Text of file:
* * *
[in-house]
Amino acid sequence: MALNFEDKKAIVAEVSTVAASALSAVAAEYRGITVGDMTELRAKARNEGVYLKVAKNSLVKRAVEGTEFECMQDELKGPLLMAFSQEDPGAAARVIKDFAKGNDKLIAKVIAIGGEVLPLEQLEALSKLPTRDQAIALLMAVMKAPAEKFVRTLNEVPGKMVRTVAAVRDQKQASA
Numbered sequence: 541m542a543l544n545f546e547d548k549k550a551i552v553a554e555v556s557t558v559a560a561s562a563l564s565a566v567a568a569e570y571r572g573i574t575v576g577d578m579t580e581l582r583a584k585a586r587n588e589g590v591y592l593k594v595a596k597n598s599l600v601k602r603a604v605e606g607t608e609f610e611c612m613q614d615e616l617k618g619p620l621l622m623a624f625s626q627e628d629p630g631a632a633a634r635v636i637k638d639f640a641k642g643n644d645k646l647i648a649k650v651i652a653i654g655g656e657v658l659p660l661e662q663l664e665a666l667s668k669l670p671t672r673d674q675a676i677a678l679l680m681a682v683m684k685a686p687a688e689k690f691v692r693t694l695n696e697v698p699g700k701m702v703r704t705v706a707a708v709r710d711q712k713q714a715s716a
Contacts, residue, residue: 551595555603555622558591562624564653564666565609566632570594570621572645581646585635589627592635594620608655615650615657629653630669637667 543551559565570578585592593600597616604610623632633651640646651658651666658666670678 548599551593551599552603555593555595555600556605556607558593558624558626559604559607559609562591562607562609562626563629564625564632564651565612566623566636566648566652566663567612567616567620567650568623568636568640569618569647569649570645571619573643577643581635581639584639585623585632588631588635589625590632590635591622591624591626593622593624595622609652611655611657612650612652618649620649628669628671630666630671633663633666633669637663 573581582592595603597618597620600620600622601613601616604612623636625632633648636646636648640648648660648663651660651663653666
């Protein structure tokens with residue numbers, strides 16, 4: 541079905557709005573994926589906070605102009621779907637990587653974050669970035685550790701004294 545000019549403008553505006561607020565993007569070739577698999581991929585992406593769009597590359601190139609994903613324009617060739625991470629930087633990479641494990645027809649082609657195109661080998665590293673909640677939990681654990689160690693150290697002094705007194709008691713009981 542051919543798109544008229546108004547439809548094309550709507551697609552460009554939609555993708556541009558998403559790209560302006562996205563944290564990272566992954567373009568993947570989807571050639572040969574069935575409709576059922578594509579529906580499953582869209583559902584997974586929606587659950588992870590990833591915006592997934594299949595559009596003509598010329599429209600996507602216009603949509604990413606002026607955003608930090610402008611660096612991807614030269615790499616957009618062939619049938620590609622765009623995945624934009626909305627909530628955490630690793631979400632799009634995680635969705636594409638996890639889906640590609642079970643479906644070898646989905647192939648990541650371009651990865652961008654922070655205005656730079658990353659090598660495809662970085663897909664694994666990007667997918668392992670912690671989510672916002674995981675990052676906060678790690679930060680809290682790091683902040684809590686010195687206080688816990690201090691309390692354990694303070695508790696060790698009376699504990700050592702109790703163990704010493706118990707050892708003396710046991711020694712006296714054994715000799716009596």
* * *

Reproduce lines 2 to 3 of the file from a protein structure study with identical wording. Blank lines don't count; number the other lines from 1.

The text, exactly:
Amino acid sequence: MALNFEDKKAIVAEVSTVAASALSAVAAEYRGITVGDMTELRAKARNEGVYLKVAKNSLVKRAVEGTEFECMQDELKGPLLMAFSQEDPGAAARVIKDFAKGNDKLIAKVIAIGGEVLPLEQLEALSKLPTRDQAIALLMAVMKAPAEKFVRTLNEVPGKMVRTVAAVRDQKQASA
Numbered sequence: 541m542a543l544n545f546e547d548k549k550a551i552v553a554e555v556s557t558v559a560a561s562a563l564s565a566v567a568a569e570y571r572g573i574t575v576g577d578m579t580e581l582r583a584k585a586r587n588e589g590v591y592l593k594v595a596k597n598s599l600v601k602r603a604v605e606g607t608e609f610e611c612m613q614d615e616l617k618g619p620l621l622m623a624f625s626q627e628d629p630g631a632a633a634r635v636i637k638d639f640a641k642g643n644d645k646l647i648a649k650v651i652a653i654g655g656e657v658l659p660l661e662q663l664e665a666l667s668k669l670p671t672r673d674q675a676i677a678l679l680m681a682v683m684k685a686p687a688e689k690f691v692r693t694l695n696e697v698p699g700k701m702v703r704t705v706a707a708v709r710d711q712k713q714a715s716a